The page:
When we released 3.98.0, we promised more frequent snapshots, as the remaining GTK 4 features are landing. Here we are a few weeks later, and 3.98.1 and 3.98.2 snapshots have quietly made it out.
So, what is new ?
There is still work left to do, but a few more big features have landed.
The first is that we have completed the reimplementation of GtkPopovers as xdg-popup surfaces, and split up the GdkSurface API into separate GdkToplevel and GdkPopup interfaces (there’s a GdkDragSurface interface too), which reflect the different roles of surfaces:
- Toplevels are sovereign windows that are placed by the user and can be maximized, fullscreened, etc.
- Popups are positioned relative to a parent surface and often grab input, e.g. when used for menus.
In GTK, popovers have lost their :relative-to property, since they are now part of the regular hierarchy like any other widget, and GtkWindow has lost its :window-type property, since all instances of GTK_WINDOW_POPUP have been converted to popovers, and windows are just used for proper toplevels.
Another major feature is the new infrastructure for keyboard shortcuts. In the past, GTK has had a plethora of APIs to implement key bindings, mnemonics and accelerators. In GTK 4, all of this is handled by event controllers. GtkShortcutController is a bit more complex than typical event controllers, since it handles all the different kinds of shortcuts with a unified API.
Thankfully, most of the complexity is hidden. For widget implementors, the important APIs are the variants of gtk_widget_class_add_shortcut(), which are used to add key bindings. For applications, mnemonics and global accels (with gtk_application_set_accels_for_action()) work the same as before. Additionally, it is possible to create shortcut controllers and shortcuts in ui files.
A set of smaller features has landed in the form of a few GtkTextTag properties that expose new pango features such as overlines, visible rendering of spaces and control over hyphenation. These can now be controlled in a GtkTextView via tags. In entries, they can already be controlled by directly adding pango attributes.
When I wrote about 3.98, I said that the Drag-and-Drop refactoring was complete. That turned out to be not quite correct, and another round of DND work has landed since. These changes were informed by developer feedback on the Drag-and-Drop API. Yay for user testing!
We introduced separate GtkDropTarget and GtkDropTargetAsync event controllers, with the former being simplified to avoid all async API, which makes it very easy to handle local cases.
We also cleaned up internals of the DND implementation to group DND events into event sequences, handle them in just the same way as normal motion events, and introduced GtkDropControllerMotion, which is an event controller that is designed to handle things like tab switching during a DND operation.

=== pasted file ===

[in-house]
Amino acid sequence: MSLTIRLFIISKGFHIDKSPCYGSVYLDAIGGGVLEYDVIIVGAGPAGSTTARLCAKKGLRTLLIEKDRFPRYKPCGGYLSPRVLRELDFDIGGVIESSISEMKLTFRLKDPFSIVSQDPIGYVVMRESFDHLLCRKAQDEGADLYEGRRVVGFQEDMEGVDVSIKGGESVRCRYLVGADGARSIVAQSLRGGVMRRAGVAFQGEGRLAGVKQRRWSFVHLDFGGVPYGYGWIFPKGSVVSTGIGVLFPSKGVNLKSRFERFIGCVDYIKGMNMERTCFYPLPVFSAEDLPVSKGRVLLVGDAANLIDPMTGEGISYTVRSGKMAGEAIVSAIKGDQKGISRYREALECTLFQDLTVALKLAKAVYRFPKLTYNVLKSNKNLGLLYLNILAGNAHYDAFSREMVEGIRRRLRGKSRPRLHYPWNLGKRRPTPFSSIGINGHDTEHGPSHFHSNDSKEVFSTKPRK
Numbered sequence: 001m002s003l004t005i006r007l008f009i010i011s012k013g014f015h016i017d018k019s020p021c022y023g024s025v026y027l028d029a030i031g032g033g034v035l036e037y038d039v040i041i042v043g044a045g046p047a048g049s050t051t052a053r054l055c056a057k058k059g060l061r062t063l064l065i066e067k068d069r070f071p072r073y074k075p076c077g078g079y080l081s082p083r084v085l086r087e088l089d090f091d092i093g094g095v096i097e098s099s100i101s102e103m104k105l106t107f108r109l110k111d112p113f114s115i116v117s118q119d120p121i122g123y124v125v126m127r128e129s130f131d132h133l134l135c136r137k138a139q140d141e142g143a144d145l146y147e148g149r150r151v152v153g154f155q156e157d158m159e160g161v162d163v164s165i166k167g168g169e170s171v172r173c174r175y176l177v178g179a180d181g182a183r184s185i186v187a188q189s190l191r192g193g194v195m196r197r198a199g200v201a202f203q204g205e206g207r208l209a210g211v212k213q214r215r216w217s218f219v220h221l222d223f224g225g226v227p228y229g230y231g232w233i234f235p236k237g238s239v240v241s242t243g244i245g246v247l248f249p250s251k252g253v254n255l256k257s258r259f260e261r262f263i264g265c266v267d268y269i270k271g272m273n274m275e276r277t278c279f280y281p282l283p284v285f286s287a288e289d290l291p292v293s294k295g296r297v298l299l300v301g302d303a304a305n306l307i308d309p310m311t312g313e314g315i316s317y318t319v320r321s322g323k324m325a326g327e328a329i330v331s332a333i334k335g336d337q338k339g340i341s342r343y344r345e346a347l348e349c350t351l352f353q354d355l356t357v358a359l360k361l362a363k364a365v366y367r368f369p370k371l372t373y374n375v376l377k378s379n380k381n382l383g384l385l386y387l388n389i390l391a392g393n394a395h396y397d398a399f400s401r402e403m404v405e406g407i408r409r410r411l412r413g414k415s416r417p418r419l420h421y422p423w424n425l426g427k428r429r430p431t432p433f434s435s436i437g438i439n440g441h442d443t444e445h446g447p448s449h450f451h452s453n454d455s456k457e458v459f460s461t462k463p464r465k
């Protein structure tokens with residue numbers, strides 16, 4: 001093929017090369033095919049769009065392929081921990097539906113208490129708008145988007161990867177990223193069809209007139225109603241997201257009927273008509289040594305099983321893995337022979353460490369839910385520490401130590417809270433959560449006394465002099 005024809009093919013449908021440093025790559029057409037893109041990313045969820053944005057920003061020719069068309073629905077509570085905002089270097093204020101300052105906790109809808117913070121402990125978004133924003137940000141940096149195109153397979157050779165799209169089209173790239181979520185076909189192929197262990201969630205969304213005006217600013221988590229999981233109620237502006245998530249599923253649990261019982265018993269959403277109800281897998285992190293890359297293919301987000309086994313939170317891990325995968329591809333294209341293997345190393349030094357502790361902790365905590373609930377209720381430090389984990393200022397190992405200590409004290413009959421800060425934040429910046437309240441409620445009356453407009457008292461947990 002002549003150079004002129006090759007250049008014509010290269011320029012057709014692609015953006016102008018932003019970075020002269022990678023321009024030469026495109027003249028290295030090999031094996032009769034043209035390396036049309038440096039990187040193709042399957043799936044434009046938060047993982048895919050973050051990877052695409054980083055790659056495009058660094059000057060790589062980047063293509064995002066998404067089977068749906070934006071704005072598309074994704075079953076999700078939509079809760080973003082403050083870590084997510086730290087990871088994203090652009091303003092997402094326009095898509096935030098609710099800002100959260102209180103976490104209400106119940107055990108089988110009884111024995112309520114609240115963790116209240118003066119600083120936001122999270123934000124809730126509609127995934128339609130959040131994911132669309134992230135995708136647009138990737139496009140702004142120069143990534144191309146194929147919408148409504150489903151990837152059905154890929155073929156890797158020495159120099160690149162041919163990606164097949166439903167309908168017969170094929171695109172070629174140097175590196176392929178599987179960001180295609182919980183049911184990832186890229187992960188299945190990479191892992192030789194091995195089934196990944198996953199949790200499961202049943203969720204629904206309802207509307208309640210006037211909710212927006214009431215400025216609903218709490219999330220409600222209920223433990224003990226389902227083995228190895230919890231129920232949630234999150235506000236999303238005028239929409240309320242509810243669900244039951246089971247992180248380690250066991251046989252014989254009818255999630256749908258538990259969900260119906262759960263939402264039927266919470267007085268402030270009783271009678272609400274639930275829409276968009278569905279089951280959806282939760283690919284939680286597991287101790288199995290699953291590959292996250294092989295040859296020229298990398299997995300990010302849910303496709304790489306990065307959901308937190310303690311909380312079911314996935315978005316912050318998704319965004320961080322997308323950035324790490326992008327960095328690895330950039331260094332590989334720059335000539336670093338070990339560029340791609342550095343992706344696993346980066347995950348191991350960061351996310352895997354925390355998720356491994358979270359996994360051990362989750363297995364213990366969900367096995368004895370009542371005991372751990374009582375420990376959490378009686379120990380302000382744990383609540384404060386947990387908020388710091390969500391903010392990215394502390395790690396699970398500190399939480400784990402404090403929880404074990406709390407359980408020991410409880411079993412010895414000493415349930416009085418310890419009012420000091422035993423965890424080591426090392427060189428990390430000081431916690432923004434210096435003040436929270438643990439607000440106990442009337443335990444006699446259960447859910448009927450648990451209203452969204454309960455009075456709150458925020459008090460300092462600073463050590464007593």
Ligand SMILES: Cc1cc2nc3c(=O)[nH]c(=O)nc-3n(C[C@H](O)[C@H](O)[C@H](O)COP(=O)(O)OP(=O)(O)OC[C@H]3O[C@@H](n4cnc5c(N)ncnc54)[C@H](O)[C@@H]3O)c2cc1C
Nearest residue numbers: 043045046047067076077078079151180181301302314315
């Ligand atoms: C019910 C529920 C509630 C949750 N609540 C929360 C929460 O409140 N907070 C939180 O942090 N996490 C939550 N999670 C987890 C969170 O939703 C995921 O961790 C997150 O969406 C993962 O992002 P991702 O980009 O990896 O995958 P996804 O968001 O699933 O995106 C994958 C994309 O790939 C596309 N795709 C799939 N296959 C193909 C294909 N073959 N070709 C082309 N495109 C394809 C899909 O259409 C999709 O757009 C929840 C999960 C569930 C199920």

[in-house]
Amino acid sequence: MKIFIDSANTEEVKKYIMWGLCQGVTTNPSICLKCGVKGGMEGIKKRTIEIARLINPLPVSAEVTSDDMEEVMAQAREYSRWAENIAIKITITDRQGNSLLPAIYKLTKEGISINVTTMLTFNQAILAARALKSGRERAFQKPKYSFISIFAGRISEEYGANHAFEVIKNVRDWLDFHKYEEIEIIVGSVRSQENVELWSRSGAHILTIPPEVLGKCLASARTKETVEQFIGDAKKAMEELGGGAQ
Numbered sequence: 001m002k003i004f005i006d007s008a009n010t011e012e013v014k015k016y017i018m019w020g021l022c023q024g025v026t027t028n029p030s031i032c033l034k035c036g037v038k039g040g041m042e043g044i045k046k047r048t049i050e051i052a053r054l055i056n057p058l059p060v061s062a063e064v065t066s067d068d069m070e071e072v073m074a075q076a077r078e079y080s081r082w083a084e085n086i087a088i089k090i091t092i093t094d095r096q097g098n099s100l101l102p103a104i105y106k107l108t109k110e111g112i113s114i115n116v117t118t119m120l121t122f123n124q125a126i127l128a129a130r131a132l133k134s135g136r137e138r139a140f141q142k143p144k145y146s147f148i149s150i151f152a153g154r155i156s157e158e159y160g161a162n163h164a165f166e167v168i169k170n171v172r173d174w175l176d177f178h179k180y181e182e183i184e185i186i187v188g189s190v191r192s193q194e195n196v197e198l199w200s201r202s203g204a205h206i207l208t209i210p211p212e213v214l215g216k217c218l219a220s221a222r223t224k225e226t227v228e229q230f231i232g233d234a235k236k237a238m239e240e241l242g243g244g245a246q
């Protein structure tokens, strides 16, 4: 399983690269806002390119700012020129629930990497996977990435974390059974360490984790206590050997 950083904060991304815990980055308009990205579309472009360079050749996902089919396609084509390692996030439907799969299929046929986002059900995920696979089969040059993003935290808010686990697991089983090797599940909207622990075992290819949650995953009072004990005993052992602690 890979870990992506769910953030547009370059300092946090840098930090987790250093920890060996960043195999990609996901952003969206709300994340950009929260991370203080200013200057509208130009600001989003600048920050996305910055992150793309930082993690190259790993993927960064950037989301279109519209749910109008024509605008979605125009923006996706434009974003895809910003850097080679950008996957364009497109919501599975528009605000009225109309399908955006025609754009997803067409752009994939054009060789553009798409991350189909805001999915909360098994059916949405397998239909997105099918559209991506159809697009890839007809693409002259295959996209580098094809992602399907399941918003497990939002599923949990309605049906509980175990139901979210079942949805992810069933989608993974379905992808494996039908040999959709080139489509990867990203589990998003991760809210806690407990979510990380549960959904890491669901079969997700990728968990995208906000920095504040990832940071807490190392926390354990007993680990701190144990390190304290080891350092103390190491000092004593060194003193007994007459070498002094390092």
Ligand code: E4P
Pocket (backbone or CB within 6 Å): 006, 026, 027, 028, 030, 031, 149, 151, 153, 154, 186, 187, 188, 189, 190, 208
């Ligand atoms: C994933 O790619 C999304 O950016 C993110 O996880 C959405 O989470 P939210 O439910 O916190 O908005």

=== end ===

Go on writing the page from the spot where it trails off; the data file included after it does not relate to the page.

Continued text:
Finally, we could remove the remnants of X11-style property and selection APIs; GtkSelectionData and GdkAtom are gone.
Cleanups and fixes
As always, there’s a large number of smaller cleanups and fixes that have happened.
The biggest group of cleanups happened in the file chooser, where a number of marginally useful APIs (extra widgets, overwrite confirmation, :local-only, GTK_FILE_CHOOSER_ACTION_CREATE_FOLDER, etc) have been dropped. To make up for it, the portal implementation of the native file chooser supports selecting folders now.
Another big cleanup was that GdkEvent is now an immutable boxed type. This was mainly an internal cleanup; the effect on application-level APIs is small, since event controllers have replaced direct event handling for the most part.
One new such event controller is GdkEventControllerFocus, which was split of from the key event controller to provide just focus handling.
GtkMenuButton lost its ability to have mnemonics when it was turned from a GtkButton subclass into a plain widget. This functionality has been reinstated, with a :use-underline property.
The HighContrast and HighContrastInverse themes that are included in GTK are now derived from Adwaita, for a much reduced maintainance burden and improved quality. Trying these themes out in gtk4-widget-factory is now easier, since we added a style menu.
The new HighContrast theme has also been backported to GTK 3.
We will continue our snapshots and hope to get more developer feedback on the new APIs and features described above.
Here are things that we still want to integrate before GTK 4:
- Row-recycling list and grid views
- Revamped accessibility infrastructure
- Animation API
If you want to follow the GTK 4 work, go here.